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China’s Zhangjiajie National Forest: Yep, I Hiked the Mountains That Inspired the Floating Mountains of Pandora in Avatar & It Was Awesome!
You’ve seen Avatar, right? What am I talking about, of course you have! Remember those cool floating mountains of Pandora in the movie? Well, did you know that they were inspired from the mountainous landscape of China’s very own Zhangjiajie National Forest? That’s right, and I explored it!
Located in the Wulingyuan Scenic Area of Zhangjiajie City, Hunan Province, my girlfriend, a local Chinese woman, and I set out on a busy 4-day adventure that would include a trip to Tianmen Mountain and Zhangjiajie National Forest in Zhangjiajie City, and a visit to the giant statue of Chairman Mao’s head in Changsha, which was only a hour away by plane.
After landing in Zhangjiajie on the evening of Day 1 we found ourselves starting our first adventure to Tianmen Mountain less than twelve hours later. We’d visit Tianmen Mountain first and then head over to Zhangjiajie National Forest afterwards, and all before 6pm.
Our trip to Tianmen Mountain, outside of waiting in massively long queues, was absolutely awesome. You can read more about my trip to Tianmen Mountain, here.
We arrived at Zhangjiajie around 2pm after taking a mini-bus directly from City Garden Cableway station, which provided transportation to and from Tianmen Mountain.
After a short walk we found ourselves at the entrance of Wulingyuan Scenic Area and were bombarded by hundreds of tourists that had just finished exploring the attraction.
Situated at the entrance was a towering pagoda, Avatar displays, and plenty of funny cartoon posters outlying the rules for hiking Zhangjiajie, which included prohibited activities like taking off your shirt, writing on the trees, and jumping the queues.
Before long we grabbed our entry tickets, made our way inside, hopped on a shuttle bus, and arrived at our first destination: Bailong Elevators.
Bailong Elevator was incredible! It was the first time I had ever seen an elevator attached to the side of a mountain, a towering one at that. Mankind’s innovation never ceases to amaze me.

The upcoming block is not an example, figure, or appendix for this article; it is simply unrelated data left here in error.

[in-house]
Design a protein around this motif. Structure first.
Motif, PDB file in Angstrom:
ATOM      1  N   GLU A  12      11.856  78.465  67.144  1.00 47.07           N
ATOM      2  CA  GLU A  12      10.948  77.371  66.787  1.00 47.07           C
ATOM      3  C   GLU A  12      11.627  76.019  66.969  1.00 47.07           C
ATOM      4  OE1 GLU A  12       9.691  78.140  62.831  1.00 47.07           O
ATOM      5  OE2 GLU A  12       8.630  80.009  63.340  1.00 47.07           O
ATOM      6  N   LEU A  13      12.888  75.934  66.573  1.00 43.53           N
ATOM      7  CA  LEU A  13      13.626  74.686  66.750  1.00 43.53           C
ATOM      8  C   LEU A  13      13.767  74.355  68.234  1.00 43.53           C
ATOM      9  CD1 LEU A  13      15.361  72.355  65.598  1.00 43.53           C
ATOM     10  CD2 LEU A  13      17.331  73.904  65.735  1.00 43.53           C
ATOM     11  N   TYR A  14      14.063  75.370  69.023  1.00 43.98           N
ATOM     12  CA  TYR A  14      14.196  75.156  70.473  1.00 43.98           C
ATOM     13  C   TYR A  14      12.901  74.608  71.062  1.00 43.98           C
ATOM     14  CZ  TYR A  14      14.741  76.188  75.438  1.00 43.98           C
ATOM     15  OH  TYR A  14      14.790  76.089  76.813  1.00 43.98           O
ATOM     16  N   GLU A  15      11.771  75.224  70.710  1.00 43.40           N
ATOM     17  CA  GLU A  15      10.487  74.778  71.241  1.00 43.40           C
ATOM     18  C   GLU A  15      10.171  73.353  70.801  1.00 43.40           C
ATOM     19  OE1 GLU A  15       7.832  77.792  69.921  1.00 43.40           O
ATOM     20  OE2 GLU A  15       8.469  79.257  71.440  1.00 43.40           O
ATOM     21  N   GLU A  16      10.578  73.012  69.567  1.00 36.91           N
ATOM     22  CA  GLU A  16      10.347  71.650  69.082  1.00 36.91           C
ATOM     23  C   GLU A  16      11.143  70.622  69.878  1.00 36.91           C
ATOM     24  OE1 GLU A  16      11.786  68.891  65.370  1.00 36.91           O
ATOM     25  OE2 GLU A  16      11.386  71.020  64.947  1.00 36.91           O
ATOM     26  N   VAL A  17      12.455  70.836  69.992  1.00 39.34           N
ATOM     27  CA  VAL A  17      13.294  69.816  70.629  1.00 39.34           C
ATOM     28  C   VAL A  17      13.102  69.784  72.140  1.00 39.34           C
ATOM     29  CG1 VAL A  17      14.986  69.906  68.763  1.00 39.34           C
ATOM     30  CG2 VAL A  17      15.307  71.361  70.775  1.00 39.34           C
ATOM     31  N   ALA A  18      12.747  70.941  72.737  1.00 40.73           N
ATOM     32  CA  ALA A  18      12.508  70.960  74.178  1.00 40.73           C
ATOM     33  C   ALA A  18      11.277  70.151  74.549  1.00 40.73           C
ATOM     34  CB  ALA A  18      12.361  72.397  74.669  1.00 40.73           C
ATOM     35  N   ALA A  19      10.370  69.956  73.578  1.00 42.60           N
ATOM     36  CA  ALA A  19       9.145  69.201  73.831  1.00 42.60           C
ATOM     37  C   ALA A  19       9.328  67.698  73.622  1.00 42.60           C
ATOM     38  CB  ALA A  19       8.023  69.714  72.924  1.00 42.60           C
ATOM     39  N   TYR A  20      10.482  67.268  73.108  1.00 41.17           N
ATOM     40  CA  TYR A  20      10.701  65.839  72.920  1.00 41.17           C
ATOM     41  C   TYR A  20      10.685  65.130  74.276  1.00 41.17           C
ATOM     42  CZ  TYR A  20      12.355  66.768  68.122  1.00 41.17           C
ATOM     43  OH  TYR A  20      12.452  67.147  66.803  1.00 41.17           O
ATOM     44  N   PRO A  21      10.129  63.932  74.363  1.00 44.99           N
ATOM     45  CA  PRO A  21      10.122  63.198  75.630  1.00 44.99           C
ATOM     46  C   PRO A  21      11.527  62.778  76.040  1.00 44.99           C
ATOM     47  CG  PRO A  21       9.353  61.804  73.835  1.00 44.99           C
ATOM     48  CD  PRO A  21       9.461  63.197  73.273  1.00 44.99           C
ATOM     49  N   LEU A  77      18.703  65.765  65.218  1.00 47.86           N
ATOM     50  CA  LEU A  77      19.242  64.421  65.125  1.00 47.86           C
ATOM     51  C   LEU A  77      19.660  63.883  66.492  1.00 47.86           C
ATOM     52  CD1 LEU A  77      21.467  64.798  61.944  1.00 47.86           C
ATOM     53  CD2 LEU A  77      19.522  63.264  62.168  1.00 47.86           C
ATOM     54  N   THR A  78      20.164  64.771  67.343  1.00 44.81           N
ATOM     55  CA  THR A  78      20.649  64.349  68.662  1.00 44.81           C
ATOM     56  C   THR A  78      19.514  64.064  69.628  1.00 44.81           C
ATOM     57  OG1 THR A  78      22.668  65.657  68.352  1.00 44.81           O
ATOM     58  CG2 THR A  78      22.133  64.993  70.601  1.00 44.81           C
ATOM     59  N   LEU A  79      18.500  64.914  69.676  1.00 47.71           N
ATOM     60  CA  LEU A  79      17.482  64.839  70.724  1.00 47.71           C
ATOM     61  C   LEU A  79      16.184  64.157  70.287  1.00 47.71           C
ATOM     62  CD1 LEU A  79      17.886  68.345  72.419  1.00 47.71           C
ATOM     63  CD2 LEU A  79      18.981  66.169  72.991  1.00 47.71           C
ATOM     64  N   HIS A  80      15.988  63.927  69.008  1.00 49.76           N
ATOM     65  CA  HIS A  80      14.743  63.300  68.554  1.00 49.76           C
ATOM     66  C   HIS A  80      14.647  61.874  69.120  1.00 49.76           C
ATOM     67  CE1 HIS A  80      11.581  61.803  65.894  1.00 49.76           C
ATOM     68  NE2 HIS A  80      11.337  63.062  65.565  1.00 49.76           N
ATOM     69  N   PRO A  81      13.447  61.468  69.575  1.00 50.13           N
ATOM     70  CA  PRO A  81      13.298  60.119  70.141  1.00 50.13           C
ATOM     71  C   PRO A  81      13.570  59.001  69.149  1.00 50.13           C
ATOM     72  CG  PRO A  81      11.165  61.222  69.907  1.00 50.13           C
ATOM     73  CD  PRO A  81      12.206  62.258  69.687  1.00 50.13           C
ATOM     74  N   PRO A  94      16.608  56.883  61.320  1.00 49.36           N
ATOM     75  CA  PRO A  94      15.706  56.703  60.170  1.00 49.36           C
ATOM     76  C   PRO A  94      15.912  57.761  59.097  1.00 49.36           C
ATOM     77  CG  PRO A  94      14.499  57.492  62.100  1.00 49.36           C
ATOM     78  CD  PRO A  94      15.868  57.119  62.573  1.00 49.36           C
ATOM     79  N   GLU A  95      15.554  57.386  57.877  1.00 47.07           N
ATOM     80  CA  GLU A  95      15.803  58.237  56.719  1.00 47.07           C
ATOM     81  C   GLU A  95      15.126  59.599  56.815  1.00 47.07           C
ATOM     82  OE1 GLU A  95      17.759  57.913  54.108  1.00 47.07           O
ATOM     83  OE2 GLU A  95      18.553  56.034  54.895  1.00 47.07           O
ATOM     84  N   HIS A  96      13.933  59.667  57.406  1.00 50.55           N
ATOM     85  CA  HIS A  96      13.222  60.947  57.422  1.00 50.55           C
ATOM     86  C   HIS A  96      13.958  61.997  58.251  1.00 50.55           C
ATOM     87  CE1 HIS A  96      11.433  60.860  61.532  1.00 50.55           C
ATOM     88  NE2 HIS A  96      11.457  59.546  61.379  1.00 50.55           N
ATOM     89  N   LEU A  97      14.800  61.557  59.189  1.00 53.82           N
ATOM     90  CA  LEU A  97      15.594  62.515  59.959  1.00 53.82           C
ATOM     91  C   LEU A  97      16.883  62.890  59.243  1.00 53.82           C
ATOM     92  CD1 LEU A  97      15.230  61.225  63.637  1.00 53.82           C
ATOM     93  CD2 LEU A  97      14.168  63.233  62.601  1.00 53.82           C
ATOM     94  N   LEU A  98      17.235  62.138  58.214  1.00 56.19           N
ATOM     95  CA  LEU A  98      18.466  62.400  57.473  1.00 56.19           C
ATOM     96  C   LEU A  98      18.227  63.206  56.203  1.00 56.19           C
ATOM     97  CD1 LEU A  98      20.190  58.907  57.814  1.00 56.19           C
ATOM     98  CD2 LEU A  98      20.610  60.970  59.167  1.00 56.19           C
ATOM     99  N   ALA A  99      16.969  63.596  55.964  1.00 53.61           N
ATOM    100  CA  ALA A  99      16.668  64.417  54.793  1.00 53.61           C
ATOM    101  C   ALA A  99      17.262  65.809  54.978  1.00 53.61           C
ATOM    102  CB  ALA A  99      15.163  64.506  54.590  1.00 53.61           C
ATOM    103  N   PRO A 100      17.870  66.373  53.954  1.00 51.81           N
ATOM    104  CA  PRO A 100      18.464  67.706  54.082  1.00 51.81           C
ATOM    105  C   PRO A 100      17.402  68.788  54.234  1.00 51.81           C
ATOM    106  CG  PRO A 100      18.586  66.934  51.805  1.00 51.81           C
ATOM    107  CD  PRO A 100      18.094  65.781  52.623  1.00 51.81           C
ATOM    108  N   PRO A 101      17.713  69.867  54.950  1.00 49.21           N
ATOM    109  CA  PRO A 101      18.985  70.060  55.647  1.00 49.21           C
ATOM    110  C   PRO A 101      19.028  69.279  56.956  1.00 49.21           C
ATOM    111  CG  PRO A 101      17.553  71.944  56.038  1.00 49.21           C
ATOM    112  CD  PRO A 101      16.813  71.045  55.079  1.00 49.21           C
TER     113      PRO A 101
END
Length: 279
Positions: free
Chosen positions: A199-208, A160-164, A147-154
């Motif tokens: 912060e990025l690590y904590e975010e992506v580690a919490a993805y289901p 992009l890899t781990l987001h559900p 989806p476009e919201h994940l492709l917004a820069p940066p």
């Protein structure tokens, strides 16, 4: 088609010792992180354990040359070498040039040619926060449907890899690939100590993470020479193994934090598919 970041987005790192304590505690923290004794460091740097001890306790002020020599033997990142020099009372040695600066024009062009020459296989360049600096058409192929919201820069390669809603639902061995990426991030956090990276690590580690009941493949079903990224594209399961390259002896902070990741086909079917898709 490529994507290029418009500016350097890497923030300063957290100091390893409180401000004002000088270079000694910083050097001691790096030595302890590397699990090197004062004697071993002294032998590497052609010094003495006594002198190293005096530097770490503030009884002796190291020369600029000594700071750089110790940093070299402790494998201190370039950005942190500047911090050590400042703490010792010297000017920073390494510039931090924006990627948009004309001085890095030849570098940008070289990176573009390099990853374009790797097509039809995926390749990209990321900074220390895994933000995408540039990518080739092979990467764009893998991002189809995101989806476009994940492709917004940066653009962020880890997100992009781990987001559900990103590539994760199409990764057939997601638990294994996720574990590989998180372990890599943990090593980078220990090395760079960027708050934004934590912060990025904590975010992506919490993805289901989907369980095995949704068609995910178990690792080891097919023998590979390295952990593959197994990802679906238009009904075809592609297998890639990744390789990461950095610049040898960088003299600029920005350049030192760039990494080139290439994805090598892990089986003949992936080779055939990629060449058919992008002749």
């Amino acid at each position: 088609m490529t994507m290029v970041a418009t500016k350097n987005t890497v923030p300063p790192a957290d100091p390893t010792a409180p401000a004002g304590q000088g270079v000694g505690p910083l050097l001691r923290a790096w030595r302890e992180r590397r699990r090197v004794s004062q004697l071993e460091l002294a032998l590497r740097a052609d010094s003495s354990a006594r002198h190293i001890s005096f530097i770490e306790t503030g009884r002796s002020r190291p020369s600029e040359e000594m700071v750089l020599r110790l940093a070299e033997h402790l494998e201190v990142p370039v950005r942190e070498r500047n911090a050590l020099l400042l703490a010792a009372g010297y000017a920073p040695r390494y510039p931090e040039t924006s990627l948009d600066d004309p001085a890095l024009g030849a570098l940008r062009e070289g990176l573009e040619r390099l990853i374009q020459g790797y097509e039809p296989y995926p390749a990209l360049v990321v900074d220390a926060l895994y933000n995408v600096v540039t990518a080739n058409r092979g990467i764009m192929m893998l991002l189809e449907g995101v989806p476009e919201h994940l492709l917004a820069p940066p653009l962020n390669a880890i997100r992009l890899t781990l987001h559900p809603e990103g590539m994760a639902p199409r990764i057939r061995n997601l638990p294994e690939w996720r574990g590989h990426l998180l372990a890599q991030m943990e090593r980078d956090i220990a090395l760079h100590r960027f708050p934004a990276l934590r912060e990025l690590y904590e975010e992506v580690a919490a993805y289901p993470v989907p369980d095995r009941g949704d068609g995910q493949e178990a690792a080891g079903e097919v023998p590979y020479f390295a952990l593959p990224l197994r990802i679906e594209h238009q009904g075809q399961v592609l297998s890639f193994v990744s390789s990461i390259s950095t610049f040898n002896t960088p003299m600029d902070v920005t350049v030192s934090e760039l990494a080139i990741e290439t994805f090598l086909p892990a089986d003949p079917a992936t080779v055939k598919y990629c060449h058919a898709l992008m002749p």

Without hesitation we bought our single journey tickets for a ride to the top. Hey, why hike when you can travel in style, right?
After the ride on Bailong Elevator we stumbled on an observation platform that offered a spectacular panoramic view of Zhangjiajie’s lush green and pillar-riddled landscape.
The pillars were extraordinary tall and most were almost entirely vertical.
Though I wished we could have viewed all of the area under the clarity of the sun, the grey haze hovering over the mountain range still made way for a quite a mystical scene.
Before long we passed by a waiting area with a couple of food stalls, grabbed a few pancake snacks, and made our way to the start of a trail leading down to the base of the mountain.
The hike down wasn’t too difficult – way easier than Huangshan “Yellow” Mountain – and we managed to stop by several other observation platforms with fantastic views.
Situated on one platform were two painters capturing the mountain’s iconic landscape. If I could draw that good I’d be doing the same thing!
Afterwards we’d have the chance to pass through some thick forestry where we’d receive an up-close look at many of the pillars’ rocky frames.
Some 2hrs later we’d finally arrive on the ground level of Zhangjiajie National Forest.
We quickly found that looking up at the pillars was just as fascinating as seeing them from above.
With a sparkling creek running between the pillars and an abundance of thriving forestation spewing out of every direction, Zhangjiajie National Forest solidified itself as one of my top favorite natural environments in China.
Later we’d pass a resting area consisting of a few children’s amusement rides and more tourists admiring the surroundings before finally catching a bus back to the entrance of the Wulingyuan Scenic Area.
Visiting Zhangjiajie National Forest was an awesome adventure and I highly recommend it for anyone interested in exploring China’s natural wonders. After exploring Tianmen Mountain earlier in the same day we were only able to spend about 4hrs at Zhangjiajie, covering only a significantly small portion compared to its entirety.
If you’re planning your own trip to Zhangjiajie National Forest, just make sure to arrange an entire day to trek the various parts of the Wulingyuan Scenic Area.
Safe and happy travels!
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